What do American digital content sellers have against the rest of the world?

I live in the “rest of the world”. I do not reside in the USA. Why is it I cannot get content that I’m willing to pay for?

As a preamble to this, you might want to read an article in The Economist: Cupertino’s cold warriors: What has Apple got against eastern Europe?.

The iTunes store is a major pain point. I can buy Apple hardware in Malaysia, be it iPhone’s, iPod’s, Macs, and more. But when I visit the iTunes store, I can only purchase apps for the iPhone (the iPad store opened recently). Why can’t I purchase music/movies, legally? So you’ll say why not visit Amazon’s MP3 store. Bam, I can’t make a purchase there either.

The iPad’s come with iBooks. Its a fabulous book reading application. I cannot purchase books from the iBook store, but I can purchase ePub formatted books, say, from O’Reilly’s Safari bookstore. What about the Kindle – its available in quite many locations, but only where AT&T is present – so some rather “odd” countries show up in the availability lists. Why can’t I purchase books, legally?

I’ve been a long-time subscriber to audible. Audiobooks mean I don’t have to take a trip out to the bookstore. Chances are, I might get audiobooks cheaper than the dead-tree versions available in Malaysia. Today I got an email from Audible, telling me there’s a book I might be interested in. True enough, I was interested in The Facebook Effect: The Inside Story of the Company That Is Connecting the World. Who couldn’t be, after listening to the most amazing The Accidental Billionaires: The Founding of Facebook: A Tale of Sex, Money, Genius and Betrayal?

Of course, I get greeted with the magical message:

Download The Facebook Effect: The Inside Story of the Company That Is Connecting the World | David Kirkpatrick | The Facebook Effect: The Inside Story of the Company That Is Connecting the World Audio Book unabridged | Audible Audiobooks | Audible.com

That basically reads:

We’re sorry. Due to publishing rights restrictions, we are not authorized to sell this item in the country where you live.

Sorry David Kirkpatrick, I tried to give you some money, but apparently, you’ve decided to shaft the rest of the world.

Sadly, this situation is not much different in a first world country like Australia. Sure you get the iTunes Music Store (you are paying a premium, in comparison to exchange rates), and eventually the iPad becomes available for sale, but its always behind the US. So its not an isolated third-world 1Malaysia problem. Of course not – Singaporeans still suffer from the lack of the iTunes Music Store, and they’ve been a first world, industrialised nation, since 1996.

When will American content sellers realise that the Internet lacks boundaries?

When will they realise that limiting based on geolocation (Android marketplace) or credit cards (iTunes store) is so 20th century? Incidentally, there’s a petition out there for Google: Enable paid apps for all countries on the Android Market!. Its okay Google, you’re not the only retarded one here – the BlackBerry AppWorld is no better; PayPal is available in Malaysia, but you can’t buy apps either.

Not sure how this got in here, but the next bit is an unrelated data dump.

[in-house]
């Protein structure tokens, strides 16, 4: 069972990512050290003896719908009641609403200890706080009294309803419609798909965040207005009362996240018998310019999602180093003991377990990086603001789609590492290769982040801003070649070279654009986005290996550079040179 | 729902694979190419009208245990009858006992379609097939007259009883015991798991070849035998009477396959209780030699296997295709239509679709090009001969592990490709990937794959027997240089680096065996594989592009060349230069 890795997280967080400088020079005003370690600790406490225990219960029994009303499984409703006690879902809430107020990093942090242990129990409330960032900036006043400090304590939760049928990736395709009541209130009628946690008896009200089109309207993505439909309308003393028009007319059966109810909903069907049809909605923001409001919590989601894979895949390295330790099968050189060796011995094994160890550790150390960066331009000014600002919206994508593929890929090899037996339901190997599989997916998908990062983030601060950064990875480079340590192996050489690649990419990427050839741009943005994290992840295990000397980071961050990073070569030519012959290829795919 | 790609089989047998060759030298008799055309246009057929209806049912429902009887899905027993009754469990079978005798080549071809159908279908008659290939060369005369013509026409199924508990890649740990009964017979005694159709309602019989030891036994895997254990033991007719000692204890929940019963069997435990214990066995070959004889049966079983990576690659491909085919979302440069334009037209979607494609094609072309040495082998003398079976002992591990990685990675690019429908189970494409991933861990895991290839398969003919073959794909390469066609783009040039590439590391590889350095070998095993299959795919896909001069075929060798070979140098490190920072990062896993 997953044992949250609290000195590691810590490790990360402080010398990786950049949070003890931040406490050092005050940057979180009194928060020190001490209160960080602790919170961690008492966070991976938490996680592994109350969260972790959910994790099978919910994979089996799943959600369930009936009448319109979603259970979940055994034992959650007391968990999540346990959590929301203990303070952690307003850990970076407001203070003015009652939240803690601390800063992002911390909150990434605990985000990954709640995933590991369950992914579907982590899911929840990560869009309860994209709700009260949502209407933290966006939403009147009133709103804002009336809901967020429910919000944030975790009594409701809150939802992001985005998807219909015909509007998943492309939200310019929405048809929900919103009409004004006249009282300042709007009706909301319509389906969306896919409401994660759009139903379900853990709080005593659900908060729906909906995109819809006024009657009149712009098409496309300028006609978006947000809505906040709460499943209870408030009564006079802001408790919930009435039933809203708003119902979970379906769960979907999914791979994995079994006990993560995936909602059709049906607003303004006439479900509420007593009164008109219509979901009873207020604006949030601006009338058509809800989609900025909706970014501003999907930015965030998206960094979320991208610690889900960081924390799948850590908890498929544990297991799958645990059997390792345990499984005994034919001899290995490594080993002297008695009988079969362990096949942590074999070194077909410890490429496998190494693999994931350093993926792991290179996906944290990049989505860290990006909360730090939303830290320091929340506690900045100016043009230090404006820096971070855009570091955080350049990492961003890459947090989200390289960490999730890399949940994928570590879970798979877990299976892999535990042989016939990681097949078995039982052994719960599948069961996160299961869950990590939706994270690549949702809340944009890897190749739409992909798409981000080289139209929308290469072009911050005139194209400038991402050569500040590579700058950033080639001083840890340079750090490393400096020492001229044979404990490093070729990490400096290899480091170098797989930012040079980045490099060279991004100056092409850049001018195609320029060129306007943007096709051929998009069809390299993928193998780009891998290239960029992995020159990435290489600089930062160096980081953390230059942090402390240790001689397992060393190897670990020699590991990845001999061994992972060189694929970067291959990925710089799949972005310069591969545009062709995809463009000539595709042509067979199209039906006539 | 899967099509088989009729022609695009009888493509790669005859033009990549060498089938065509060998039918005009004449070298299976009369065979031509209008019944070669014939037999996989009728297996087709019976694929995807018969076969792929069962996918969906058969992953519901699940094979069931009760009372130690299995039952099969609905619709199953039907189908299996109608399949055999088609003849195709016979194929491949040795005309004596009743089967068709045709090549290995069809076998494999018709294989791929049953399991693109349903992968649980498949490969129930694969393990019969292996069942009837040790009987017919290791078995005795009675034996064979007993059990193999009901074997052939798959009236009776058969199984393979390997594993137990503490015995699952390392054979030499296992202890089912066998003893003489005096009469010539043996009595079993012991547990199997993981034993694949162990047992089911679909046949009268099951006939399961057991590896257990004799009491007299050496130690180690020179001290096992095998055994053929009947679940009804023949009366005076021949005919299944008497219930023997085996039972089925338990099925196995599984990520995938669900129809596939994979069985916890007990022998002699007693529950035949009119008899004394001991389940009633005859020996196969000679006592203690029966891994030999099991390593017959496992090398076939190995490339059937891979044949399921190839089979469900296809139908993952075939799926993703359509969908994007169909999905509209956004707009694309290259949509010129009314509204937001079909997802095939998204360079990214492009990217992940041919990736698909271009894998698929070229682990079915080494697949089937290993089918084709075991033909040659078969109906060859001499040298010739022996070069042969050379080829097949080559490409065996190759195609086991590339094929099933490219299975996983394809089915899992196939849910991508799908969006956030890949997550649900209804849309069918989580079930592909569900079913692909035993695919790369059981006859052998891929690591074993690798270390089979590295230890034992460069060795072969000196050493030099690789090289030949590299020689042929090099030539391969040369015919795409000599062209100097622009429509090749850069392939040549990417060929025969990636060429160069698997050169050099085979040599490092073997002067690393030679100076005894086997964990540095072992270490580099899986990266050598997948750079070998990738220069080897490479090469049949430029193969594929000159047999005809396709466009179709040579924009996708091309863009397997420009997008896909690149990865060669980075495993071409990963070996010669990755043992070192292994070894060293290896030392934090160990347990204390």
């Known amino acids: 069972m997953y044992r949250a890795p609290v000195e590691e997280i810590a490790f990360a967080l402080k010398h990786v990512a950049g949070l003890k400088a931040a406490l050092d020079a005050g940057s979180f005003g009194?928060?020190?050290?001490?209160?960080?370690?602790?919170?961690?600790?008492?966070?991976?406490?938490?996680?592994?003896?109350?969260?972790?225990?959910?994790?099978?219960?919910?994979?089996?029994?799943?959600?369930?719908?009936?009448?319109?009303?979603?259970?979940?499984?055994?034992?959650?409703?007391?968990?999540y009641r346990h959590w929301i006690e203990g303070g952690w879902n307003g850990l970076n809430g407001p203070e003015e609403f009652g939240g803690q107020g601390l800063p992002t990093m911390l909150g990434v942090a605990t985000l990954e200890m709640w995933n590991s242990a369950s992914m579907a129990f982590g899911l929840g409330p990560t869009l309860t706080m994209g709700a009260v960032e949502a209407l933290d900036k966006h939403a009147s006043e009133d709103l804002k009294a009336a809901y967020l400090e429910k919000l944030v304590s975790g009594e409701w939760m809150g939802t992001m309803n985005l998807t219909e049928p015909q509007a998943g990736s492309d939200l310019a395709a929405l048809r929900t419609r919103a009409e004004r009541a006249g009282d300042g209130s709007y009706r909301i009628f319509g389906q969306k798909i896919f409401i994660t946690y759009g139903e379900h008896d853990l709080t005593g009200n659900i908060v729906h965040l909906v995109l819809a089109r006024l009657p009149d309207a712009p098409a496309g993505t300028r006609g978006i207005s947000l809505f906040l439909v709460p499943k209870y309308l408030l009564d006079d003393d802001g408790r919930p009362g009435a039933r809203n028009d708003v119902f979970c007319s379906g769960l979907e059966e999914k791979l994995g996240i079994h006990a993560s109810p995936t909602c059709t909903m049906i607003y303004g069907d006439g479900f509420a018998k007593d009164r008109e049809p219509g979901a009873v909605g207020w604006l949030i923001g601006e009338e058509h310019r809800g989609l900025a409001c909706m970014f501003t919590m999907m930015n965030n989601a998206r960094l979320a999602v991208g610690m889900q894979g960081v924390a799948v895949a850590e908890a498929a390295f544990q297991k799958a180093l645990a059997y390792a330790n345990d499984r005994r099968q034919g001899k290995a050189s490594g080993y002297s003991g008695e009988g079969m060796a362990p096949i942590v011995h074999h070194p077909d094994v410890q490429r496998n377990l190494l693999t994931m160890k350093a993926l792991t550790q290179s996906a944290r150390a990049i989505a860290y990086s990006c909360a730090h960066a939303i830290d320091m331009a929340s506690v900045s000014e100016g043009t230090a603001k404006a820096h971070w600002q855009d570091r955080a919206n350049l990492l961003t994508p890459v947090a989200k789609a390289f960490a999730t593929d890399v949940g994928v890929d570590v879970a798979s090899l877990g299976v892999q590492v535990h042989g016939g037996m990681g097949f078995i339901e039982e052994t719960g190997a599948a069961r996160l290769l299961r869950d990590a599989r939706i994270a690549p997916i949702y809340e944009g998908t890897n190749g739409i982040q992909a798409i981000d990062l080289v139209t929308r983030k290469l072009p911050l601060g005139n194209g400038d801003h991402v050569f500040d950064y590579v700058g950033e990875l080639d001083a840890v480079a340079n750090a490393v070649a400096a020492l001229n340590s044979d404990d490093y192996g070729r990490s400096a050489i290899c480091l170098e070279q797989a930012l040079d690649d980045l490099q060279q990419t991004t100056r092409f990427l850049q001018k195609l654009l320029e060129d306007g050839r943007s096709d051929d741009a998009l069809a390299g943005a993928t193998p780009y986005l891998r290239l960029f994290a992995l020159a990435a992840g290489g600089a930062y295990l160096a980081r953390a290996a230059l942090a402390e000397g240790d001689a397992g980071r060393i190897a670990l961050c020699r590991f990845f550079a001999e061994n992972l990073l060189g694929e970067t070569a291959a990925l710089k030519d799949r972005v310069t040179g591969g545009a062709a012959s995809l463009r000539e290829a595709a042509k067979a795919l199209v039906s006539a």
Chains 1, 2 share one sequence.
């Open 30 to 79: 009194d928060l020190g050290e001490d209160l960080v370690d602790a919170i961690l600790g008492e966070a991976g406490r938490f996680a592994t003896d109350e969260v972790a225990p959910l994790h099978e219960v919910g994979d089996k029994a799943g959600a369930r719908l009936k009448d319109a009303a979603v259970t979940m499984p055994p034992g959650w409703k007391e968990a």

You push globalisation to the core, yet you refuse to embrace it.

Give us the content that we want to pay for. It doesn’t matter where we are located. Really.


  1. Mike says:

    Yeah that's why I have a lot of us have accounts, one with a 90210 postcode! But you're right; many US-based companies seem to have a US-centric view of the world. Even with simple registration forms that ask for a “state” address – from Alabama to Texas, and nothing else!

  2. Mark Atwood says:

    There was recently a long and carefully written essay over at Boingboing that explained the reasons for this problem with respect to television shows. It was a good answer, but it wasn't a satisfying answer, because it had a bunch of ancient pieces of business history as the foundation, and everyone's response was “well, we now understand why you have this problem, mister content provider, but your problem is not our problem”.

  3. Ben Israel says:

    It's a lot easier to manipulate audible vs. iTunes. Just change the address and your location to the US. No need to show U.S. credit card. and… wa la… you're downloading U.S.-only content.

  4. Gen Kanai says:

    I think you know already but this is usually because the publishers have sold rights to non-US territories to different companies. With iTunes, it's really complex because they have different stores and each artist has different deals depending on the region, etc. It's a nightmare. Legacy of pre-Internet distribution.

    I mostly get around this with a VPN to our offices in the US so I can appear as a domestic US IP if I do meet a site that wants to block me via IP. If you have a US credit card and a US IP address, you're pretty much good to go.